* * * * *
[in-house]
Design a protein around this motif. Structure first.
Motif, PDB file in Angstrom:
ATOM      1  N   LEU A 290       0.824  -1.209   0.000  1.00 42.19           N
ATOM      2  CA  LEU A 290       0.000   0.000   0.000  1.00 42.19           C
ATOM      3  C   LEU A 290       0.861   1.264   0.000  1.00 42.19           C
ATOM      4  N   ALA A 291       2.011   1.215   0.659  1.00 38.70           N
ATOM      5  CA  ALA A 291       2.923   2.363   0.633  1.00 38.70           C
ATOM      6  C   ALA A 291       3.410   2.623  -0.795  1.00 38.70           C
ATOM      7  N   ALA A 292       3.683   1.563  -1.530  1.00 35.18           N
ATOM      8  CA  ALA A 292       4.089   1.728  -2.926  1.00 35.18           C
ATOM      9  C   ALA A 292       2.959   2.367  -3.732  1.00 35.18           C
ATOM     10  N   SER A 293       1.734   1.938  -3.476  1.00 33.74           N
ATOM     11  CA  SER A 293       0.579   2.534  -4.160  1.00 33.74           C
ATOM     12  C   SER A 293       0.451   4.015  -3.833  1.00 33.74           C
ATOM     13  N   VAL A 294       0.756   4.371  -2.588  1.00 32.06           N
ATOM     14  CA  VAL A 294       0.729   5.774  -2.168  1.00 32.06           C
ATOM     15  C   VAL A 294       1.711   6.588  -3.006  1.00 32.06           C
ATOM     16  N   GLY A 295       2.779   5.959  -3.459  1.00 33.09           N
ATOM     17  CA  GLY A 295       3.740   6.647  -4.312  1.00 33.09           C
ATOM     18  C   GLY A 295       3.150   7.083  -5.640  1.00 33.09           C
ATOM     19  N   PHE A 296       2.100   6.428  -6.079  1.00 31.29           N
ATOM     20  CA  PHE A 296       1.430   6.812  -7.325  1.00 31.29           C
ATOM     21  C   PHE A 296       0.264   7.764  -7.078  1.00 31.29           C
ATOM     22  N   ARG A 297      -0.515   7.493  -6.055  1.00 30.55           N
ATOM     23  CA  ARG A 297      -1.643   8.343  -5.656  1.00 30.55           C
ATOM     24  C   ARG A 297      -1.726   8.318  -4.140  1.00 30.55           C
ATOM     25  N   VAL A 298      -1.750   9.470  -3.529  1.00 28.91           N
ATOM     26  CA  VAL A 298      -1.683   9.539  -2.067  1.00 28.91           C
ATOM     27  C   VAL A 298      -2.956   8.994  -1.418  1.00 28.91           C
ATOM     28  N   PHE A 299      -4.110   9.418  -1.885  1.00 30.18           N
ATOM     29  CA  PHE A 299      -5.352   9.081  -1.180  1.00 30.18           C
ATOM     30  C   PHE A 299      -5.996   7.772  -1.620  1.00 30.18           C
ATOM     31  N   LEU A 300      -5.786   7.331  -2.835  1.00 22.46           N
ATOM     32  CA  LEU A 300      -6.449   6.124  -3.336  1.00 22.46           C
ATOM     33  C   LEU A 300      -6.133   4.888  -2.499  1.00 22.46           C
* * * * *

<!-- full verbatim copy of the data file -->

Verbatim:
[in-house]
Design a protein around this motif. Structure first.
Motif, PDB file in Angstrom:
ATOM      1  N   LEU A 290       0.824  -1.209   0.000  1.00 42.19           N
ATOM      2  CA  LEU A 290       0.000   0.000   0.000  1.00 42.19           C
ATOM      3  C   LEU A 290       0.861   1.264   0.000  1.00 42.19           C
ATOM      4  N   ALA A 291       2.011   1.215   0.659  1.00 38.70           N
ATOM      5  CA  ALA A 291       2.923   2.363   0.633  1.00 38.70           C
ATOM      6  C   ALA A 291       3.410   2.623  -0.795  1.00 38.70           C
ATOM      7  N   ALA A 292       3.683   1.563  -1.530  1.00 35.18           N
ATOM      8  CA  ALA A 292       4.089   1.728  -2.926  1.00 35.18           C
ATOM      9  C   ALA A 292       2.959   2.367  -3.732  1.00 35.18           C
ATOM     10  N   SER A 293       1.734   1.938  -3.476  1.00 33.74           N
ATOM     11  CA  SER A 293       0.579   2.534  -4.160  1.00 33.74           C
ATOM     12  C   SER A 293       0.451   4.015  -3.833  1.00 33.74           C
ATOM     13  N   VAL A 294       0.756   4.371  -2.588  1.00 32.06           N
ATOM     14  CA  VAL A 294       0.729   5.774  -2.168  1.00 32.06           C
ATOM     15  C   VAL A 294       1.711   6.588  -3.006  1.00 32.06           C
ATOM     16  N   GLY A 295       2.779   5.959  -3.459  1.00 33.09           N
ATOM     17  CA  GLY A 295       3.740   6.647  -4.312  1.00 33.09           C
ATOM     18  C   GLY A 295       3.150   7.083  -5.640  1.00 33.09           C
ATOM     19  N   PHE A 296       2.100   6.428  -6.079  1.00 31.29           N
ATOM     20  CA  PHE A 296       1.430   6.812  -7.325  1.00 31.29           C
ATOM     21  C   PHE A 296       0.264   7.764  -7.078  1.00 31.29           C
ATOM     22  N   ARG A 297      -0.515   7.493  -6.055  1.00 30.55           N
ATOM     23  CA  ARG A 297      -1.643   8.343  -5.656  1.00 30.55           C
ATOM     24  C   ARG A 297      -1.726   8.318  -4.140  1.00 30.55           C
ATOM     25  N   VAL A 298      -1.750   9.470  -3.529  1.00 28.91           N
ATOM     26  CA  VAL A 298      -1.683   9.539  -2.067  1.00 28.91           C
ATOM     27  C   VAL A 298      -2.956   8.994  -1.418  1.00 28.91           C
ATOM     28  N   PHE A 299      -4.110   9.418  -1.885  1.00 30.18           N
ATOM     29  CA  PHE A 299      -5.352   9.081  -1.180  1.00 30.18           C
ATOM     30  C   PHE A 299      -5.996   7.772  -1.620  1.00 30.18           C
ATOM     31  N   LEU A 300      -5.786   7.331  -2.835  1.00 22.46           N
ATOM     32  CA  LEU A 300      -6.449   6.124  -3.336  1.00 22.46           C
ATOM     33  C   LEU A 300      -6.133   4.888  -2.499  1.00 22.46           C